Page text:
Tuesday, September 4, 2012 | By: HiDee

Embrace Your Shade of Gray

Created by HiDee EkstromMy daughter claims to be a trisquirclgon.  She does not roll with the punches – any punches.  She cannot be neatly pegged into any type of hole.  In spite of her denials, she’s very much like her uncle who is admittedly OCPD. Their world is black and white, with no consideration of gray.  They have to be in control, and they have to be right.  It’s good that I am a circle.  I have a few rough spots that catch from time to time, but for the most part, I roll.  I am adaptable.  I am gray.

Gray is somewhere in between black and white.  Being gray means being better able to accept opinions different from your own.  Gray is not constant but rather reflects many gradations of the extremes of black and white.  Each gradation is no more or less gray - they are just shades of the same.

Romance authors are encouraged to create a brand so readers will know what to expect, but there can be variations within each brand.  Romantic suspense might be coupled with paranormal, and  contemporary with a mystery.  By adding these components, the original brand is enhanced.  They are still romantic suspense or contemporary books but with shades of other elements.

Google “writers of America” and you will find several organizations probably familiar to writers.

Western Writers of America, Inc. promotes the literature of the American West.  The founding authors wrote traditional Western fiction, but the organization grew to include historians and other nonfiction authors, young adult and romance writers, and writers interested in regional history.

Mystery Writers of America is for mystery writers, professionals allied to the crime writing field, and aspiring crime writers.

SFWA is a professional organization for authors of science fiction, fantasy and related genres.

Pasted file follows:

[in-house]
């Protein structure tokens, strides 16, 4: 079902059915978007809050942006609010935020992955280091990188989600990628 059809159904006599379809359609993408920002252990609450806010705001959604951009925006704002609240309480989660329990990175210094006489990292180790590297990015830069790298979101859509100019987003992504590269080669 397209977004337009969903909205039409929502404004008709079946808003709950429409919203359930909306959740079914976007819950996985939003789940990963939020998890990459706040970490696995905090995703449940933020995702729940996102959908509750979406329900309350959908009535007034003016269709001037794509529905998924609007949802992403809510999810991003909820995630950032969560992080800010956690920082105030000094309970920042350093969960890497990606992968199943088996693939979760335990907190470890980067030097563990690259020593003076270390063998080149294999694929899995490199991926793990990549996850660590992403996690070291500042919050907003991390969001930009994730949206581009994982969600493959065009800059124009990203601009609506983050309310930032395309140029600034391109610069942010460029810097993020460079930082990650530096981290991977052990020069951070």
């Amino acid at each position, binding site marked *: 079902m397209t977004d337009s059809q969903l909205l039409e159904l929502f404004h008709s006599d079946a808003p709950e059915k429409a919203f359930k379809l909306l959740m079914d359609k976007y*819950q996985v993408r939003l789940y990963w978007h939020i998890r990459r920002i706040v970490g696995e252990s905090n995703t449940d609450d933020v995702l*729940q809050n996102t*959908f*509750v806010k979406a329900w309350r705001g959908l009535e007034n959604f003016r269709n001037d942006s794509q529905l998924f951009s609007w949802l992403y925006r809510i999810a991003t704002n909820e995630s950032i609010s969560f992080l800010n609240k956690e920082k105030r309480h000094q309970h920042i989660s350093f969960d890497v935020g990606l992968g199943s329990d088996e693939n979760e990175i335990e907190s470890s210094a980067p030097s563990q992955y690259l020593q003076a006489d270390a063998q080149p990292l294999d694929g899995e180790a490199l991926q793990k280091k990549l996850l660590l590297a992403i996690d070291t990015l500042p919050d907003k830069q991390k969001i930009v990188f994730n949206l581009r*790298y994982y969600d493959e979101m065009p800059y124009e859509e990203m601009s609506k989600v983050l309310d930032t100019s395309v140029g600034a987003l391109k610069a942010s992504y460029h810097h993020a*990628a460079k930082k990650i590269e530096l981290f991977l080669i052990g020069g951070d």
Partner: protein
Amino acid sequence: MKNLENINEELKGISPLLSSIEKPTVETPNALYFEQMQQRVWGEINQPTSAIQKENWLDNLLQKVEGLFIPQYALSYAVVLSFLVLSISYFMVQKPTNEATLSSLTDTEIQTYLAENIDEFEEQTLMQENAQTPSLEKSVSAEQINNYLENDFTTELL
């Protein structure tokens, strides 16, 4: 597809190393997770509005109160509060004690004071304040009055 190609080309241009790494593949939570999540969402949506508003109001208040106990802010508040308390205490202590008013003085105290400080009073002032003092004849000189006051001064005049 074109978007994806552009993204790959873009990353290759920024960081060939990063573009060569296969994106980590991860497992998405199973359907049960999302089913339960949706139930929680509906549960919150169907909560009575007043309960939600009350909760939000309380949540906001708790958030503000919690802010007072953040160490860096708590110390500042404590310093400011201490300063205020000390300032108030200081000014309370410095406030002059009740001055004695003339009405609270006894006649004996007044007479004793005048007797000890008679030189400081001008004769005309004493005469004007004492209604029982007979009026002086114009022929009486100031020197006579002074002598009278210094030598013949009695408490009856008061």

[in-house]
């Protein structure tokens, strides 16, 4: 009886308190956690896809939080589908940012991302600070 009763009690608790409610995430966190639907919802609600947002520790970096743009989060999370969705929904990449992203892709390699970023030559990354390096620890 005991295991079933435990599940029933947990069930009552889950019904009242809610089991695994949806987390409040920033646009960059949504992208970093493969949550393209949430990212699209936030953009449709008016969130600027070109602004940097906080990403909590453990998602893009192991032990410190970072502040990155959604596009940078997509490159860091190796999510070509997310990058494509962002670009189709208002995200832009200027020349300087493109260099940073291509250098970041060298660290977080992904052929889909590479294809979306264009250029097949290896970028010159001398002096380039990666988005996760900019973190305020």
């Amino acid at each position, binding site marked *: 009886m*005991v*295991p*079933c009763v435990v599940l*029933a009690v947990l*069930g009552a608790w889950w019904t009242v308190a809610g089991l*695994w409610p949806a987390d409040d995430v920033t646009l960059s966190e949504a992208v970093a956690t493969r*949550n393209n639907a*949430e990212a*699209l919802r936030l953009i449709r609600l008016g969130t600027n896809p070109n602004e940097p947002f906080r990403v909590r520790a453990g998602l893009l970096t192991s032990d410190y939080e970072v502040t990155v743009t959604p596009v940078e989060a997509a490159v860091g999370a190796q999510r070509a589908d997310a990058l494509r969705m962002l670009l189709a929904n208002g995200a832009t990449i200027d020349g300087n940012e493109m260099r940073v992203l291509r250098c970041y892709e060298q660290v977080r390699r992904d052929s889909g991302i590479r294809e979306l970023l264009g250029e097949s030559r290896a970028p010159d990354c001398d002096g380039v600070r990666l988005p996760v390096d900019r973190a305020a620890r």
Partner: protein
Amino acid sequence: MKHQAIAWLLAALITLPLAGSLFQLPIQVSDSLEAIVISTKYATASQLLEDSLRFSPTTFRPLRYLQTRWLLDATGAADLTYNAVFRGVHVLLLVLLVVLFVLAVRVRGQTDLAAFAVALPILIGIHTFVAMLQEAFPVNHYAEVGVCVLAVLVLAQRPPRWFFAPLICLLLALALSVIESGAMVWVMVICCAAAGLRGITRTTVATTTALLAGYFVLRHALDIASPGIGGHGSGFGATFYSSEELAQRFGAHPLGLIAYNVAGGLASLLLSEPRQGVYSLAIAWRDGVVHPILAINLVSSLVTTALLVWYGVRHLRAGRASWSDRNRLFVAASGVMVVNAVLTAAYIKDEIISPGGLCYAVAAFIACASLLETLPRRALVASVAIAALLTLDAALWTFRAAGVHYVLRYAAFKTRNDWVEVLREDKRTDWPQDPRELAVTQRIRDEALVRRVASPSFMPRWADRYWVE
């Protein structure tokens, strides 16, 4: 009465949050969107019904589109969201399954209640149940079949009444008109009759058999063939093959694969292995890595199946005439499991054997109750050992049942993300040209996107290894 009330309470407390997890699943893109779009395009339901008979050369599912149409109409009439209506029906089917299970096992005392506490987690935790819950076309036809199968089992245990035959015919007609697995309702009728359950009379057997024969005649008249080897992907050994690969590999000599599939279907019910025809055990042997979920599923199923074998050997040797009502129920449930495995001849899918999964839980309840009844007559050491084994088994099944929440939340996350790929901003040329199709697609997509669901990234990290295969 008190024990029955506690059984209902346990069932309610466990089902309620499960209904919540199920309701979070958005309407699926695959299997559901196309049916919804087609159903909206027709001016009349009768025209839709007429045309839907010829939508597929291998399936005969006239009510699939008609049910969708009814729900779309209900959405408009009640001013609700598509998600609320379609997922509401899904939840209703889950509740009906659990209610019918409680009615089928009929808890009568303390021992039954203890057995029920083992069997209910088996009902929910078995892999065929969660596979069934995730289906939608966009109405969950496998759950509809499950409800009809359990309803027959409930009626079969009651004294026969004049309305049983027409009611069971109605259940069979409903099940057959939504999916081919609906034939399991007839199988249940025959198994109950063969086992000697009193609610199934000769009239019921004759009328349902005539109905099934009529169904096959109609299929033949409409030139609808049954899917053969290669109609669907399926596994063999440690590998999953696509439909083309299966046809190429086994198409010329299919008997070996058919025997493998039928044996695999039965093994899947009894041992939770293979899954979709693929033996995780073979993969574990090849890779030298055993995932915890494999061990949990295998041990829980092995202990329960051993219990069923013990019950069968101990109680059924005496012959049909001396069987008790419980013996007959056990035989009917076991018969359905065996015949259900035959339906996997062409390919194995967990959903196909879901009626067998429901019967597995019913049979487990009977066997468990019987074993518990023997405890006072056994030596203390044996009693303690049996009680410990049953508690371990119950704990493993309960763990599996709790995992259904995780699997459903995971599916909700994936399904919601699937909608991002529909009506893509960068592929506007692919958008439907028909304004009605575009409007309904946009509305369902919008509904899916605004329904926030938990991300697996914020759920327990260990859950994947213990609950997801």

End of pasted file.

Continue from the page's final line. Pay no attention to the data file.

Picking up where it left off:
RWA stipulates membership is open to “all persons seriously pursuing a publishing career in the romance genre.”

There are also listings for outdoor, horror, and garden writers; football, golf, track and field, baseball, bowling, dog, and young writers of America.  And in all of these organizations, rules have been made to include – and to exclude – certain types of writers.  The organizations were designed to help writers of their respective genres.  If you write something different, that doesn’t mean you are less a writer - just that your focus is a different genre or area.  A different shade.

We all have our own beliefs and opinions, wants and needs, likes and dislikes. Does that make any one of us more right or wrong than any other?  No, we are just different.  We are individuals.  But the best part is there is an audience for every writer because non-writers are also individuals.  Not all of us are the same, nor should we be.  So reach out and grab your slice of life, go for your dreams, and don’t let being different slow you down.  Embrace your uniqueness.

Embrace your shade of gray.


Unknown said...

Great post:)

I think I am an oval...I can roll with the punches so to speak but sometimes it takes me a little longer to get "around" them.

I agree that each writer and reader are unique. Finding our uniqueness can be part of how we roll with the punches. Do we write what we think will sell while still trying to remain true to our vision? Or do we write only for ourselves without considering the audience?

As writers we need an audience and the audience needs our work to fit at least marginally into a certain shape so they know what to expect.

So I guess we are really the same in that we are all different:)

R.T. Wolfe said...

I have all the shades, I think. Not that I'm moody, but my feelings do vary. It's interesting you ask, HiDee and Lynn, because my trilogy is the Black Creek trilogy and it is based on shades of black. The first title uses the word black, the second uses shadow and the third dark. So fun.
-R.T. Wolfe

HiDee said...

Well said, Rebecca. We really are the same in being different! R.T., I was thinking more about shades of my personality, but you make a good point. Shades are important in writing, too. Thank you both for commenting!